Though they shared a single-minded determination—not to mention healthy egos—Niemeyer and Kubitschek couldn’t have been more different on an ideological level. Kubitschek was bent on industrializing Brazil, courting investment from the likes of the U.S.; Niemeyer was known for uttering phrases like “capitalism is crap.” Yet, for Kubitschek’s grand oeuvre, Niemeyer nonetheless delivered some of the most iconic modern structures of the 20th century: the National Congress, with its two slim towers and bowl-shaped assembly halls; a presidential palace supported by ethereal spear-shaped arches; and a swirling cathedral draped in stained glass. Recalling a visit to the city in the early 1960s, Soviet cosmonaut Yuri Gagarin said, “I had the impression I had landed on another planet.”

The buildings were breathtaking; the city, wildly futuristic. But the monumental scale of Brasília—in which a handful of powerful men controlled the city’s entire skyscape—hardly seemed to jibe with Niemeyer’s collective ideals. Kubitschek had secured the land, the money, and the political will. Niemeyer produced all of the most important buildings. And the city’s master plan was devised by Lúcio Costa, a Rio-based architect and urban planner who had served as Niemeyer’s mentor and most important champion. For Brasília, Costa devised a layout that consisted of two axes intersecting in a cross. The main government structures inhabited the east-west axis, while residential superblocks ran north to south. The retiring Costa was never a brash political adherent in the Niemeyer mold. (“I am neither a capitalist nor a socialist; I am not religious or an atheist,” he once said.) His innately Corbusian city, with its tidy separation of functions, contains a few nods to transparency and egalitarian values: trees ring residential areas rather than walls, and blocks are numbered instead of being named after colonial heroes. But Brasília wasn’t designed with the intent of making life good for the little guy. Its large scale, Costa explained, communicated that “the city isn’t a province, but a capital;” the cross these axes carved into the savannah was an “act of possession.”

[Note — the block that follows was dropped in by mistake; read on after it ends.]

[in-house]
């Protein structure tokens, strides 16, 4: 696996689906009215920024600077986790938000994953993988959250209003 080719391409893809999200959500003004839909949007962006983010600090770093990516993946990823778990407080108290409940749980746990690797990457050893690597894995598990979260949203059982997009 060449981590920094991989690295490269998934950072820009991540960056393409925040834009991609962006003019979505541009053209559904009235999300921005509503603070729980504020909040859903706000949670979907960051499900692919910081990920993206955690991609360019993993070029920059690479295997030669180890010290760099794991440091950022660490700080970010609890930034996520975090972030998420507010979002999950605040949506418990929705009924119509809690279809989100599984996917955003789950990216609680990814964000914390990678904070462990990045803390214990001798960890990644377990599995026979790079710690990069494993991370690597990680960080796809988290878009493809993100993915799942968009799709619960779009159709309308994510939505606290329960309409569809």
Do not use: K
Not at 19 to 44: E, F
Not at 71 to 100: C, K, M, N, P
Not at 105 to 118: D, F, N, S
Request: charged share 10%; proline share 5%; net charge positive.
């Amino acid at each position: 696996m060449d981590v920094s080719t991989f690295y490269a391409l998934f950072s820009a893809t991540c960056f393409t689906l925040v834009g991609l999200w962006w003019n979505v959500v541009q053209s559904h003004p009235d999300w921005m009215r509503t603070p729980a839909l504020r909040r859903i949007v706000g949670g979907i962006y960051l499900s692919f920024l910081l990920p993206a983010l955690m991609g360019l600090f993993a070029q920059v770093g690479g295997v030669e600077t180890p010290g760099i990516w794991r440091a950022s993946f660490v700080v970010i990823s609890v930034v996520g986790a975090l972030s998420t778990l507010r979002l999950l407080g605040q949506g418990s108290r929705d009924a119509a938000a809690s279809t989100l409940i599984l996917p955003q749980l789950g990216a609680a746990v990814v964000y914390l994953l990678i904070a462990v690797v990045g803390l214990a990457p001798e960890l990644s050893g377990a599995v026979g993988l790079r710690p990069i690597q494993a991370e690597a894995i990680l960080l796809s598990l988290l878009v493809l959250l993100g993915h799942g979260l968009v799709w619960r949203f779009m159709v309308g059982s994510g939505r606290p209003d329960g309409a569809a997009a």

“Even though the rhetoric announced that the new city would create a democratic and egalitarian society,” writes architectural historian David Underwood in Oscar Niemeyer and the Architecture of Brazil (1994), “Brasília is a city born of imperial ambitions and as such could only reinforce the existing colonial structures.” On a symbolic level, the broad boulevards and austere architecture ended up working just as well for the right-wing military dictatorship of the late 1960s and ’70s as it had for the idealistic Kubitschek. In 1970, in fact, military leader Emílio Garrastazu Médici—one of the country’s more notorious human-rights abusers—decreed that cabinet ministers could only conduct their business in Brasília. Critic Robert Hughes described the city as a “utopian horror.” Another later wrote that Niemeyer’s Ministry of Defense was the sort of “structure that would not have looked out of place in Saddam’s Iraq.” Niemeyer nonetheless defended his work and that of Costa’s until the very end. “Brasília works,” he told The New York Times in 2005. “There are problems. But it works.”